|Comes in only one size
|Very popular with solar installers and homeowners
|AC coupled only
Made by a profitable company with over two million American customers
|Uses lithium NMC chemistry in its batteries instead of safer, longer-lasting LFP technology
The LG Energy Solution RESU 16H is the oldest battery in our rankings, at the ripe old age of 3. It can still hang with the latest and greatest because it is simply a cost-effective powerhouse that solar installers like to work with.
Unlike all the other batteries in the top 5, the RESU is DC-coupled, meaning it doesn’t come with its own inverter. That’s why it’s best for new installations—it must be installed alongside a hybrid solar inverter.
The RESU 16H made the grade here because of its affordability, efficiency, and LG Energy Solution’s financial performance and reputation for support. After Enphase and Tesla, the RESU battery is the third most popular with installers of our top five.
Like Tesla, LGES is also about to launch a new residential battery. The new model, called the “enblock s,” is a stackable modular battery like many other offerings on this list. We’ll reevaluate LG’s offering when the enblock s becomes widely available.
|Very efficient operation because it can be charged directly from DC power generated by solar panels
|Doesn’t come with its own inverter, meaning it’s hard to add to an existing solar installation
|Can be installed alongside many different inverter brands
|Not expandable unless you buy a second full unit
Strong company financial performance
|Uses older NMC chemistry
The introduction of the Canadian Solar EP Cube was one of the most exciting things about RE+ 2022, the nation’s largest renewable energy conference. The EP Cube carries on Canadian Solar’s tradition of offering great performance at a moderate price point. This excellent value and Canadian Solar’s sterling reputation among installers and financiers earn the EP Cube the 5th spot in our ranking.
Expandable from 6.6 to 19.9 kWh, the EP Cube offers between 3 and 7.6 kW of power output per stack and includes its own hybrid solar inverter. This flexibility makes it a versatile choice for new or existing solar systems, and the EP Cube comes at an excellent price point.
Canadian Solar is already a trusted name in the solar panel market, and installers love working with the company’s products.
Canadian Solar also offers a “Lite” version of the EP Cube specifically designed for non-backup “peak shaving” in California. Homeowners there get very low credit for sending electricity to the grid and can benefit from storing excess solar energy during the day and discharging their batteries in the evening.
|Low cost compared to other modular solar batteries
|Output limited to 7.6 kW maximum unless you add a second stack
|Modular design is easy to install and expand
|Not yet popular in the industry compared to other offerings
Made by one of the most successful companies in the solar industry
|Estimated cost per kWh*
|Continuous power output
|10 years or 3,500 cycles
|Enphase Energy System (3 IQ 5P modules)
|15 years or 6,000 cycles
Panasonic EVERVOLT Home Battery (4 modules)
|12 years or 6,000 cycles
|Tesla Powerwall 2
|10 years or 37.8 MWh (2,800 cycles)
|LG Energy Solution RESU Prime 16H
|10 years or 54 MWh (3,375 cycles) to 7% capacity
|Canadian Solar EP Cube (5 modules)
|10 years or 6,000 cycles
Every person and every home is different, so the “best solar battery” can change based on your needs. To choose the right battery, you’ll need to know which specifications are important and ask yourself questions about what’s important to you.
When it comes to solar batteries, there are dozens of different specifications that can make small differences in performance and longevity, but we’re not going to go through all of them.
Our general advice is to trust expert installers to help you decide the right battery for you.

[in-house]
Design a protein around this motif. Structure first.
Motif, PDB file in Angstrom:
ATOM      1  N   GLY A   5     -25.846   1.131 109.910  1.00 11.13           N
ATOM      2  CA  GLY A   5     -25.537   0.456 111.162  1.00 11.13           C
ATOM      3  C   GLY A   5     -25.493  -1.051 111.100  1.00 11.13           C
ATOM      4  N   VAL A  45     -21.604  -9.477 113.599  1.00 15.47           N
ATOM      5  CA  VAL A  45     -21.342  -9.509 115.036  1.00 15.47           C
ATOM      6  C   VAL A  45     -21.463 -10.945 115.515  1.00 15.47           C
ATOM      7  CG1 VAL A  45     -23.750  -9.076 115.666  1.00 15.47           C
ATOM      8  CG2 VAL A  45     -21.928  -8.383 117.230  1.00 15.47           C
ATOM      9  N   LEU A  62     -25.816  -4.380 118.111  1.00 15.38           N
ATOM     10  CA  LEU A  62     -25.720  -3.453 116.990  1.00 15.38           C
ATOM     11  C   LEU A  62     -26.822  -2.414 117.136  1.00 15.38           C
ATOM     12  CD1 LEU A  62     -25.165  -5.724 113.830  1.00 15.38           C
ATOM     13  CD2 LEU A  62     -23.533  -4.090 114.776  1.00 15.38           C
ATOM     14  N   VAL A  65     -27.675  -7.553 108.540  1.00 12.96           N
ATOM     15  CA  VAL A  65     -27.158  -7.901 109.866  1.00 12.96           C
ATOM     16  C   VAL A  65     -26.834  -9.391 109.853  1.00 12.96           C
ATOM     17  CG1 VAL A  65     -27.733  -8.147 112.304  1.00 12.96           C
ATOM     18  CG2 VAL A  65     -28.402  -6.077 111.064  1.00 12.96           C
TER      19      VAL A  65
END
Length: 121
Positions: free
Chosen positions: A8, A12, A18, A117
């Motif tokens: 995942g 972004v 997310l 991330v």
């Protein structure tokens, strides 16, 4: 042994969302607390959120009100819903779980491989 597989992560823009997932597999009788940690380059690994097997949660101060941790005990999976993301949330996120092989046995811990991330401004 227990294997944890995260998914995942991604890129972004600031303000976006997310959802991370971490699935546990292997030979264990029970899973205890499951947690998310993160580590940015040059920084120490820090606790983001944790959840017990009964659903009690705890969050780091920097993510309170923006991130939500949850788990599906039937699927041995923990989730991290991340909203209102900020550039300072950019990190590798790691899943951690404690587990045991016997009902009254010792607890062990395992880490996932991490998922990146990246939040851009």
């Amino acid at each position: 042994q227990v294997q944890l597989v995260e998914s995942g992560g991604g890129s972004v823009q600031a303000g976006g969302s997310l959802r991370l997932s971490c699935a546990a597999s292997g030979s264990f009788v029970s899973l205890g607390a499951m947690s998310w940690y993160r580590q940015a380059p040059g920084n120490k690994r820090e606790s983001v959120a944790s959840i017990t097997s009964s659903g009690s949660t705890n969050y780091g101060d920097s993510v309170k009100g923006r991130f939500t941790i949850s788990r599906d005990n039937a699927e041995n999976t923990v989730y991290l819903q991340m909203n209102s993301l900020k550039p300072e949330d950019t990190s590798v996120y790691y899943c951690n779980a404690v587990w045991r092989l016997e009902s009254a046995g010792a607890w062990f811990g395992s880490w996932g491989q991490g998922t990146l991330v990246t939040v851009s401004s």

That being said, there are a few key numbers to look out for so you can be an informed consumer:
Do you want to keep your whole home powered in a blackout? Do you just want to keep a refrigerator and some lights running and charge your phone? The kinds of needs you have will determine which battery is best for you.
Generally, most solar battery installations are enough to keep a small number of critical appliances, outlets, and lights running for a day or two without power and could last indefinitely with solar recharging on sunny days.
A standard home solar battery setup costs between $12,000 and $20,000 before incentives. A system like this typically includes 14 kWh of storage and a continuous power output of 7.6 kW. Solar panels will cost an additional $20,000, on average.
A system like this can do partial home backup in a blackout and charge from solar on sunny days. If you want a larger system that can back up your whole home for multiple days, expect that price range to double to about $25,000 to $40,000, at a minimum.
There are solar battery incentives to help lower the cost of installing energy storage. The biggest battery incentive is the federal clean energy tax credit, which provides a non-refundable tax credit equal to 30% of the costs you pay to install the battery.
Your state government or local utility company may also offer solar battery tax breaks and other rebate programs that can further reduce costs.
SolarReviews’ battery rating methodology is quite different from other websites because we don’t simply rank performance characteristics. Instead, we emphasize factors that lead to long-term success for equipment manufacturers, which provides long-term benefits to homeowners.
Our team of solar experts has decades of experience in the solar industry, and we’ve seen too many manufacturers fail and leave customers without the warranty protection they offered.
As a result, our list not only reflects good performance from the battery but also brands that will be around in 10 to 15 years to stand behind their warranties and provide service if something goes wrong. We also look at the value on a dollars-per-kWh basis and examine a battery company’s popularity among solar installers.
Here are the categories and weights of our battery ranking criteria:
The largest number of points are available in this category, which looks at a manufacturer’s financial performance and transparency. Companies are awarded points for being publicly traded, publishing financial statements, and maintaining high revenue and profitability.